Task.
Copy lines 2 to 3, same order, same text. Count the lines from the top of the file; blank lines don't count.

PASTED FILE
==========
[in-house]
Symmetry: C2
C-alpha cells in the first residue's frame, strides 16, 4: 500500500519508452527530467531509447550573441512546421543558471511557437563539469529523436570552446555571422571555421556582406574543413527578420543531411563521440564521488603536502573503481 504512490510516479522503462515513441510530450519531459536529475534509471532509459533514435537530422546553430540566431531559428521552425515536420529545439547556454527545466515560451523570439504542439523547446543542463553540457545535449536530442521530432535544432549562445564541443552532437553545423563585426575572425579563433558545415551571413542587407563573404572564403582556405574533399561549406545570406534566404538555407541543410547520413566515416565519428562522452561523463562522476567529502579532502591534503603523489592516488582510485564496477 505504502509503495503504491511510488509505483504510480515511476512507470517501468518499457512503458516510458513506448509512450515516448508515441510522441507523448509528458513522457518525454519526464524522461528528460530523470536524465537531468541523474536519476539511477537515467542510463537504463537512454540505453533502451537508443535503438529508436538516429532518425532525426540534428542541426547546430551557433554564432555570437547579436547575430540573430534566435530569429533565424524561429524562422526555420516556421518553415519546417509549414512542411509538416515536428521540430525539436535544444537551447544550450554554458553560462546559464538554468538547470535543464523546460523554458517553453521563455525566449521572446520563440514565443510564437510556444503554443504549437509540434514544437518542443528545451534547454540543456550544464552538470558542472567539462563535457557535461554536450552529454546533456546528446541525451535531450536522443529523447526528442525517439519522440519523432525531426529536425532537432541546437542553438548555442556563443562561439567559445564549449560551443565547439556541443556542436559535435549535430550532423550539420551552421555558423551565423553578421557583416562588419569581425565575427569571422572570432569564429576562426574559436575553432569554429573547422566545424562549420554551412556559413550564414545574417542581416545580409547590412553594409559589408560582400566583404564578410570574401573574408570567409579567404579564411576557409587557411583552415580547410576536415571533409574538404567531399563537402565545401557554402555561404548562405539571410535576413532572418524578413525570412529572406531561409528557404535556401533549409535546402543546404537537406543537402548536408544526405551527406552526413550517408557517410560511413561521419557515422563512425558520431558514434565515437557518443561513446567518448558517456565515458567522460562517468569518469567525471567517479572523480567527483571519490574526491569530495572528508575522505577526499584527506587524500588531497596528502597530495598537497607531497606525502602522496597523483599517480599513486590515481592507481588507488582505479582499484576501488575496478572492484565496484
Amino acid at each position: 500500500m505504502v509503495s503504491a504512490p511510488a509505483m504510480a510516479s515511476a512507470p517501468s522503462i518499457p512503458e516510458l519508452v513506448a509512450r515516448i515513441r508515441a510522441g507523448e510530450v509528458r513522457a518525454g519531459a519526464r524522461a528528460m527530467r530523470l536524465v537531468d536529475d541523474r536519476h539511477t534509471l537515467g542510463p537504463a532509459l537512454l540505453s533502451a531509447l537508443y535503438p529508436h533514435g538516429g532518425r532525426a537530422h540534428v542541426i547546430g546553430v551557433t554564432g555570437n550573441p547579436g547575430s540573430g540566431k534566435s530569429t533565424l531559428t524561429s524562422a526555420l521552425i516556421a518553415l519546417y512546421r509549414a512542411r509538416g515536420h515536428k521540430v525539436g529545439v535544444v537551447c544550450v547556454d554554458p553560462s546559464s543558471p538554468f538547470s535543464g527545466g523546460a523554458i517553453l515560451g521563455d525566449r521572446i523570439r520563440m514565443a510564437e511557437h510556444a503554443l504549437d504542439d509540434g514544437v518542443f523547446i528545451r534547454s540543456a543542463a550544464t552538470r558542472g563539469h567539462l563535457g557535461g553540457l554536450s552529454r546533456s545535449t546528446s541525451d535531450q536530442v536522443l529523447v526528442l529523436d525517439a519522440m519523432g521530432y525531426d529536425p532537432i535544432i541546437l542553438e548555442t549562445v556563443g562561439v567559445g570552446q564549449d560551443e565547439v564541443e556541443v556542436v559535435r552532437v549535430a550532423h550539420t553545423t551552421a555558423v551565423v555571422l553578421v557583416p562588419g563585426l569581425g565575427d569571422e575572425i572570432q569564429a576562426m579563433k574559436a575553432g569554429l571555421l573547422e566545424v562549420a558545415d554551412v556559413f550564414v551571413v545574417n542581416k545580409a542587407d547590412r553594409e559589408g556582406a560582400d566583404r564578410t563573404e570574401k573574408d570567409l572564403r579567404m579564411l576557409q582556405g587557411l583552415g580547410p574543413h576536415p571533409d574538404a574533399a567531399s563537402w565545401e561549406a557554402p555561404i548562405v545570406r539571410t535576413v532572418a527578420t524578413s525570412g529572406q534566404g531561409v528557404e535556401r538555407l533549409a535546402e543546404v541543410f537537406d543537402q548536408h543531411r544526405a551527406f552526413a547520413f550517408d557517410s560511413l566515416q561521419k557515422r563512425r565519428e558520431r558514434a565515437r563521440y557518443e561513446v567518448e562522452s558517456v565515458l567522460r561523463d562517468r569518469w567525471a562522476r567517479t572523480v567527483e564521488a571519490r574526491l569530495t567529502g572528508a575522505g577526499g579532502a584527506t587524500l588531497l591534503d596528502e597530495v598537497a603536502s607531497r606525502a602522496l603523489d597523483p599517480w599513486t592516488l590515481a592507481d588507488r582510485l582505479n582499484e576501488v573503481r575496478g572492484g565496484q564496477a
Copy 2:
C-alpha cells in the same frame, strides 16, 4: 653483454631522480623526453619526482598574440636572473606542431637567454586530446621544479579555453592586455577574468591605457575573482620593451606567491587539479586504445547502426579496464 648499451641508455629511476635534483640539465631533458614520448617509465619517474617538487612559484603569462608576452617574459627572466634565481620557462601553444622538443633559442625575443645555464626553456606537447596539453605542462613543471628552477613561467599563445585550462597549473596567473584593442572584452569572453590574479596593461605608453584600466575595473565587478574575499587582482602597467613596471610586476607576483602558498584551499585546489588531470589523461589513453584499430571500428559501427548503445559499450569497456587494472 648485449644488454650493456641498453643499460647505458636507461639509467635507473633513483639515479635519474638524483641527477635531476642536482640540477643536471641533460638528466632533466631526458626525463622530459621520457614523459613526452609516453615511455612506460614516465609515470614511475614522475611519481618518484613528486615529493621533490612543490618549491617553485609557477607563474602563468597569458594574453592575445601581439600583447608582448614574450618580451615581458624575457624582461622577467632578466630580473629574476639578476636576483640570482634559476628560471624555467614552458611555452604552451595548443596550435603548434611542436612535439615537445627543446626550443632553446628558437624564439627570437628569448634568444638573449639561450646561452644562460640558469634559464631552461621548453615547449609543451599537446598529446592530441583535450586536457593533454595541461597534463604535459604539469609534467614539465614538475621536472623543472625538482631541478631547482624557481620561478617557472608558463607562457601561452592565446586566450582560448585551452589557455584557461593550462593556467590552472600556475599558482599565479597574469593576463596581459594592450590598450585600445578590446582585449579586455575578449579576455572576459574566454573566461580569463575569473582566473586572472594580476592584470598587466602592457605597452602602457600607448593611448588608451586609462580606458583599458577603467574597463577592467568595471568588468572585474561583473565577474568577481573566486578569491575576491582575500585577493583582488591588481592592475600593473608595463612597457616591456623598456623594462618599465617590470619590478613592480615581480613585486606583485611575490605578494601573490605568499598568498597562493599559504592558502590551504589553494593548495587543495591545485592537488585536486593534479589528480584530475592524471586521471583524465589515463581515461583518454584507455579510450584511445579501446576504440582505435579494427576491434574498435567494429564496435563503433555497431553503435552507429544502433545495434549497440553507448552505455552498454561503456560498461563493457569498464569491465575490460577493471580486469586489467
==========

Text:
Symmetry: C2
C-alpha cells in the first residue's frame, strides 16, 4: 500500500519508452527530467531509447550573441512546421543558471511557437563539469529523436570552446555571422571555421556582406574543413527578420543531411563521440564521488603536502573503481 504512490510516479522503462515513441510530450519531459536529475534509471532509459533514435537530422546553430540566431531559428521552425515536420529545439547556454527545466515560451523570439504542439523547446543542463553540457545535449536530442521530432535544432549562445564541443552532437553545423563585426575572425579563433558545415551571413542587407563573404572564403582556405574533399561549406545570406534566404538555407541543410547520413566515416565519428562522452561523463562522476567529502579532502591534503603523489592516488582510485564496477 505504502509503495503504491511510488509505483504510480515511476512507470517501468518499457512503458516510458513506448509512450515516448508515441510522441507523448509528458513522457518525454519526464524522461528528460530523470536524465537531468541523474536519476539511477537515467542510463537504463537512454540505453533502451537508443535503438529508436538516429532518425532525426540534428542541426547546430551557433554564432555570437547579436547575430540573430534566435530569429533565424524561429524562422526555420516556421518553415519546417509549414512542411509538416515536428521540430525539436535544444537551447544550450554554458553560462546559464538554468538547470535543464523546460523554458517553453521563455525566449521572446520563440514565443510564437510556444503554443504549437509540434514544437518542443528545451534547454540543456550544464552538470558542472567539462563535457557535461554536450552529454546533456546528446541525451535531450536522443529523447526528442525517439519522440519523432525531426529536425532537432541546437542553438548555442556563443562561439567559445564549449560551443565547439556541443556542436559535435549535430550532423550539420551552421555558423551565423553578421557583416562588419569581425565575427569571422572570432569564429576562426574559436575553432569554429573547422566545424562549420554551412556559413550564414545574417542581416545580409547590412553594409559589408560582400566583404564578410570574401573574408570567409579567404579564411576557409587557411583552415580547410576536415571533409574538404567531399563537402565545401557554402555561404548562405539571410535576413532572418524578413525570412529572406531561409528557404535556401533549409535546402543546404537537406543537402548536408544526405551527406552526413550517408557517410560511413561521419557515422563512425558520431558514434565515437557518443561513446567518448558517456565515458567522460562517468569518469567525471567517479572523480567527483571519490574526491569530495572528508575522505577526499584527506587524500588531497596528502597530495598537497607531497606525502602522496597523483599517480599513486590515481592507481588507488582505479582499484576501488575496478572492484565496484